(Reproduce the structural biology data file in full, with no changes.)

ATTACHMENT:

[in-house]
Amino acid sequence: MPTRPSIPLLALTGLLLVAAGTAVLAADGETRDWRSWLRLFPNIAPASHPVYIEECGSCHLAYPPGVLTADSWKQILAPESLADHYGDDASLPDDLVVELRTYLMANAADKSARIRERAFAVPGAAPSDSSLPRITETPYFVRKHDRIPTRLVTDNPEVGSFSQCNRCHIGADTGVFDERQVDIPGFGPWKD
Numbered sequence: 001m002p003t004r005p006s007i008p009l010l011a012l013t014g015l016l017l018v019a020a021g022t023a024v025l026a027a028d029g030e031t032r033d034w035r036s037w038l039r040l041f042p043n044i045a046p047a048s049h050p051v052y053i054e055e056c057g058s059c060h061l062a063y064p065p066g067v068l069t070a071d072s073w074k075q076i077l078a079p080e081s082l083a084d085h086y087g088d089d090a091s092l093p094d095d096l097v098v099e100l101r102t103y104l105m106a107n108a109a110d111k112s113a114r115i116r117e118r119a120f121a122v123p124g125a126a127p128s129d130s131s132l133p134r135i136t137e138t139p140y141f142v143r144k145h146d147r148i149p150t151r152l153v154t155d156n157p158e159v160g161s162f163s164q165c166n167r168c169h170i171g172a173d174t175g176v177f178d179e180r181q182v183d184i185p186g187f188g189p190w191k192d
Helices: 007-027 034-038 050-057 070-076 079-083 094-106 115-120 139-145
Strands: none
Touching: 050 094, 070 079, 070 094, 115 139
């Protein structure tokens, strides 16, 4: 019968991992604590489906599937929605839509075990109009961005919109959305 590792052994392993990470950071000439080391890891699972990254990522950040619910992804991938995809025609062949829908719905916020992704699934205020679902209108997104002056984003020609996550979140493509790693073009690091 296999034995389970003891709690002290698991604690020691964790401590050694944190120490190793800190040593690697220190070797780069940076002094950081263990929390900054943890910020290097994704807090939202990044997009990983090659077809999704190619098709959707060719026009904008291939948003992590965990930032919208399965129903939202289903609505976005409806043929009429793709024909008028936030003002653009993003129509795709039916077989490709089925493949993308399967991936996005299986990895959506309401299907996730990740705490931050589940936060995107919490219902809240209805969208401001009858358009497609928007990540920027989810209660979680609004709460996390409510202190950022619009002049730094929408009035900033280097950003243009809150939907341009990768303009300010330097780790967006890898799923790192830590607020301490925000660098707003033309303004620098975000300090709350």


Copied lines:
[in-house]
Amino acid sequence: MPTRPSIPLLALTGLLLVAAGTAVLAADGETRDWRSWLRLFPNIAPASHPVYIEECGSCHLAYPPGVLTADSWKQILAPESLADHYGDDASLPDDLVVELRTYLMANAADKSARIRERAFAVPGAAPSDSSLPRITETPYFVRKHDRIPTRLVTDNPEVGSFSQCNRCHIGADTGVFDERQVDIPGFGPWKD
Numbered sequence: 001m002p003t004r005p006s007i008p009l010l011a012l013t014g015l016l017l018v019a020a021g022t023a024v025l026a027a028d029g030e031t032r033d034w035r036s037w038l039r040l041f042p043n044i045a046p047a048s049h050p051v052y053i054e055e056c057g058s059c060h061l062a063y064p065p066g067v068l069t070a071d072s073w074k075q076i077l078a079p080e081s082l083a084d085h086y087g088d089d090a091s092l093p094d095d096l097v098v099e100l101r102t103y104l105m106a107n108a109a110d111k112s113a114r115i116r117e118r119a120f121a122v123p124g125a126a127p128s129d130s131s132l133p134r135i136t137e138t139p140y141f142v143r144k145h146d147r148i149p150t151r152l153v154t155d156n157p158e159v160g161s162f163s164q165c166n167r168c169h170i171g172a173d174t175g176v177f178d179e180r181q182v183d184i185p186g187f188g189p190w191k192d
Helices: 007-027 034-038 050-057 070-076 079-083 094-106 115-120 139-145
Strands: none
Touching: 050 094, 070 079, 070 094, 115 139
């Protein structure tokens, strides 16, 4: 019968991992604590489906599937929605839509075990109009961005919109959305 590792052994392993990470950071000439080391890891699972990254990522950040619910992804991938995809025609062949829908719905916020992704699934205020679902209108997104002056984003020609996550979140493509790693073009690091 296999034995389970003891709690002290698991604690020691964790401590050694944190120490190793800190040593690697220190070797780069940076002094950081263990929390900054943890910020290097994704807090939202990044997009990983090659077809999704190619098709959707060719026009904008291939948003992590965990930032919208399965129903939202289903609505976005409806043929009429793709024909008028936030003002653009993003129509795709039916077989490709089925493949993308399967991936996005299986990895959506309401299907996730990740705490931050589940936060995107919490219902809240209805969208401001009858358009497609928007990540920027989810209660979680609004709460996390409510202190950022619009002049730094929408009035900033280097950003243009809150939907341009990768303009300010330097780790967006890898799923790192830590607020301490925000660098707003033309303004620098975000300090709350």